I'm linking up today with Middle School Math Moments for Workin' on it Wednesday!
Recently a teacher from Queensland, Australia found my Math Assessments with Learning Goals and Scales. They were written for Common Core, and didn't align with her Year 3 classroom, so she asked if I would make one for her. Wow, that would be interesting I thought. I would love the challenge, and since I've spent so much time preparing the Common Core Assessments, it shouldn't be too bad, right? NO, it wasn't bad, it was phenomenal!!!
Well, if you've had to try and align math skills and concepts from different grade levels in Common Core, you might notice that it is terribly un-sequential. A few grade level groups such as 1-3, 4-5, and 6-8 have some skills that build on each other, but many many of the grade levels will introduce material that wasn't directly taught in years before, and aren't called for very long afterward – meaning that children do not have a consistent opportunity to build mastery in every area from one year to the next. Why was the Common Core written this way? Good Question!! It was explained to me like this; there is x amount of material to cover in x amount of years, so let's divide it up between the different grade levels and make sure they all have about the same amount to cover. Brilliant!
The Common Core committee that wrote the standards also produced a series of documents called the “Progressions Documents for the Common Core Standards“which was essential to me in writing the scales for each standard. They explain that…
The Common Core State Standards in mathematics were built on progressions: narrative documents describing the progression of a topic across a number of grade levels, informed both by research on children's cognitive development and by the logical structure of mathematics. These documents were spliced together and then sliced into grade level standards. From that point on the work focused on refining and revising the grade level standards. The early drafts of the progressions documents no longer correspond to the current state of the standards.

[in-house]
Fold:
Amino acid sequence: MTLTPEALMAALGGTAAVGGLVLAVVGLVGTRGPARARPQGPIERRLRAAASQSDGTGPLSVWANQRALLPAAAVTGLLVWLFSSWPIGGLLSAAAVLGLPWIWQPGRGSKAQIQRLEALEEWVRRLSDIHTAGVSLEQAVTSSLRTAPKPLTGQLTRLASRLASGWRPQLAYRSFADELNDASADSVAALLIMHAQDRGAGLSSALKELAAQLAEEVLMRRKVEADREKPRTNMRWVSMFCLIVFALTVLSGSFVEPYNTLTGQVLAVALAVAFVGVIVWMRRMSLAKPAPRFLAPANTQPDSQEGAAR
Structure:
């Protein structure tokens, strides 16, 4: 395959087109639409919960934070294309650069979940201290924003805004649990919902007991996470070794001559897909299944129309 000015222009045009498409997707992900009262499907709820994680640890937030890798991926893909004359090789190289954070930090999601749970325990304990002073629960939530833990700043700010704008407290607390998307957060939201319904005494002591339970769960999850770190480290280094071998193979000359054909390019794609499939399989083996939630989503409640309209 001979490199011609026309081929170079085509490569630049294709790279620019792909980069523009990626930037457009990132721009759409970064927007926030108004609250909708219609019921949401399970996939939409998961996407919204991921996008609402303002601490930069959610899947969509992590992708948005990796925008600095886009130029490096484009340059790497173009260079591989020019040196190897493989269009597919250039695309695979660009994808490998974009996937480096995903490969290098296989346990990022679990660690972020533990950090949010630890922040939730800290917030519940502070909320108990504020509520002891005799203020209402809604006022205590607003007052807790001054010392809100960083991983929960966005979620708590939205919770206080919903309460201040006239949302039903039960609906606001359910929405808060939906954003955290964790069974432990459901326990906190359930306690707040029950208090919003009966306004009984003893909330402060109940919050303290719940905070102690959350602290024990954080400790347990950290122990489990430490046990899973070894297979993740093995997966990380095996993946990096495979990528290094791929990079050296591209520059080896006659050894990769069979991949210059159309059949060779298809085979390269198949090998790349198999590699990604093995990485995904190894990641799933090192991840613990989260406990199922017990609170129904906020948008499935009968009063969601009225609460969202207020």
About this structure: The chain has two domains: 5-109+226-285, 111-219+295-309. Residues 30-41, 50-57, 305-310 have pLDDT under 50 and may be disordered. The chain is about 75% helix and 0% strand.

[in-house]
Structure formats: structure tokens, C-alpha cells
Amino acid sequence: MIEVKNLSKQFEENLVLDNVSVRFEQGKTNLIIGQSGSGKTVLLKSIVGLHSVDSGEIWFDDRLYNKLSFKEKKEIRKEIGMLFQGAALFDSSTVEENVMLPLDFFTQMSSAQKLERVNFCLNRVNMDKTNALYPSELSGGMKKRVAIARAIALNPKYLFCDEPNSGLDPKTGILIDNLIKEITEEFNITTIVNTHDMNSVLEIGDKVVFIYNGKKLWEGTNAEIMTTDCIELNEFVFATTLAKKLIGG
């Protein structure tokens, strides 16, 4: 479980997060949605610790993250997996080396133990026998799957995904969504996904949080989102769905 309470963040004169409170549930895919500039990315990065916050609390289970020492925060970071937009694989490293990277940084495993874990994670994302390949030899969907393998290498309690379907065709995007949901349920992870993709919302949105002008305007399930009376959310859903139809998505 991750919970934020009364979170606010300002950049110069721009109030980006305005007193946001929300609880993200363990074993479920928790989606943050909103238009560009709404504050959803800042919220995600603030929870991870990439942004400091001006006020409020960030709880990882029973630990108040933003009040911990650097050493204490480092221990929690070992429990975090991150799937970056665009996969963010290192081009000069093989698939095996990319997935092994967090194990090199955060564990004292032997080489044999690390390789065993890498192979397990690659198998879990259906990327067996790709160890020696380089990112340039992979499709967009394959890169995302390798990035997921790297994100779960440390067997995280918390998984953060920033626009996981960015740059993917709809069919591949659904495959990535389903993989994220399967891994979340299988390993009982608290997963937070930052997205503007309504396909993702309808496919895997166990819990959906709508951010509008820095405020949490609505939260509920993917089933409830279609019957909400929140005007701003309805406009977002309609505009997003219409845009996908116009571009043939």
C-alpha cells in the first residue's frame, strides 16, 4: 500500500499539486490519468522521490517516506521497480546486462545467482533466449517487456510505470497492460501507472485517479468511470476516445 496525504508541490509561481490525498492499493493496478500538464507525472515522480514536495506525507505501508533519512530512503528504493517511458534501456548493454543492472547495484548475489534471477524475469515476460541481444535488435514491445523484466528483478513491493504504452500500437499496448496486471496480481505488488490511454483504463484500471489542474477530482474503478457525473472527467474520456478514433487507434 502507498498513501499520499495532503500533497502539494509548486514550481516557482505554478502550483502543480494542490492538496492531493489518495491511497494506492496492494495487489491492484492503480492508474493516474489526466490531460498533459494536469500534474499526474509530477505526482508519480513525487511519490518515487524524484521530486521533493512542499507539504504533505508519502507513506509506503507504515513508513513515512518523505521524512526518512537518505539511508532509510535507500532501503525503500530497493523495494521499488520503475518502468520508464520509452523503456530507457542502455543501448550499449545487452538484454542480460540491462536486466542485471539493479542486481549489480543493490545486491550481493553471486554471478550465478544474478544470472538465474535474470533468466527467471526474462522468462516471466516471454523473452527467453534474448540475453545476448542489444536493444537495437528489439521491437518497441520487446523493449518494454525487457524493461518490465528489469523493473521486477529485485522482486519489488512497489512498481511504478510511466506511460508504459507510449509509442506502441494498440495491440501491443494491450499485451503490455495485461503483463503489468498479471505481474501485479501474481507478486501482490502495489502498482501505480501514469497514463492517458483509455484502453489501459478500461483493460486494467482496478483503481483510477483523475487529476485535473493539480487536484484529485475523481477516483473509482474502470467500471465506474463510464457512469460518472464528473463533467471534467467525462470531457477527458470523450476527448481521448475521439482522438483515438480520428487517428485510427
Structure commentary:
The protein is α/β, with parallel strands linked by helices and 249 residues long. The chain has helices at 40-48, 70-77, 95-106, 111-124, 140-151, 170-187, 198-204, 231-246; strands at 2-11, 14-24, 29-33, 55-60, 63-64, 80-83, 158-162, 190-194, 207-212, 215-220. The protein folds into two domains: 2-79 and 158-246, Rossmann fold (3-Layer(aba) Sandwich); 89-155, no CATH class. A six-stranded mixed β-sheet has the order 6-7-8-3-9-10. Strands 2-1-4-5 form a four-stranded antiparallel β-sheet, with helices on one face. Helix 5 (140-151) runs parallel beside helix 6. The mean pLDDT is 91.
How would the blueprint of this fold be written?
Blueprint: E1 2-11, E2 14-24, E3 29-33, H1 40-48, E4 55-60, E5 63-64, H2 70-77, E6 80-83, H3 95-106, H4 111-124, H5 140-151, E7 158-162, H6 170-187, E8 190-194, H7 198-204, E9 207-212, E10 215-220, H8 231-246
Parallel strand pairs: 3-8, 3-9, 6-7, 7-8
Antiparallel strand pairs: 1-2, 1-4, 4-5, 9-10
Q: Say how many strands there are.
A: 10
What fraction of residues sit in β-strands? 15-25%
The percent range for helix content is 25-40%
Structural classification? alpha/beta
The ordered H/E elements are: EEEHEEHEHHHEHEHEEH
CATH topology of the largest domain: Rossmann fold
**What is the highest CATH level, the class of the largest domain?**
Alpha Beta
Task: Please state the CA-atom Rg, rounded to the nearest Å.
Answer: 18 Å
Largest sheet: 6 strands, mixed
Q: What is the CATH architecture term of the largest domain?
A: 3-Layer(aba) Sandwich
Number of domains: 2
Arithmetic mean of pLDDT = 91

(See link for citation info).
I think they made an effort, and it seemed logical enough to me, although still very difficult to align different grade levels to show a sequence of skills. Here's a few examples from the 4th grade standards – measuring angles, that is introduced in 4th grade with no previous background knowledge, and then disappears from 5th grade standards just as quickly. In my work I always cite the standards from different grade levels when they apply. The only one I could link to these 4th grade standards was 3.MD.7; adding and subtracting areas. Which really only counts if students are conceptualizing angles as the space between lines, and not the lines themselves.
Then I saw Australia's standards… here's something comparable. This is a poster from a Year 3 standard that shows an actual progression of skills from Year 3 through Year 4. You can see how each one gradually builds on the next. This is typical of the Australian standards. B-E-A-U-T-I-F-U-L!
I am currently working with the teacher who made the request to revise the assessment document to fit their phrasing and methods. The complete assessment, posters, and portfolio pages will be published on teacherspayteachers.com by the end of this month!
I realize that the Common Core Standards, like everything else in education, will change again. And when that happens, I will have a lot of revising to do! But, hopefully if enough of us have a say in it, we can arrive at a progression that works better for students and teachers. That would be nice. 🙂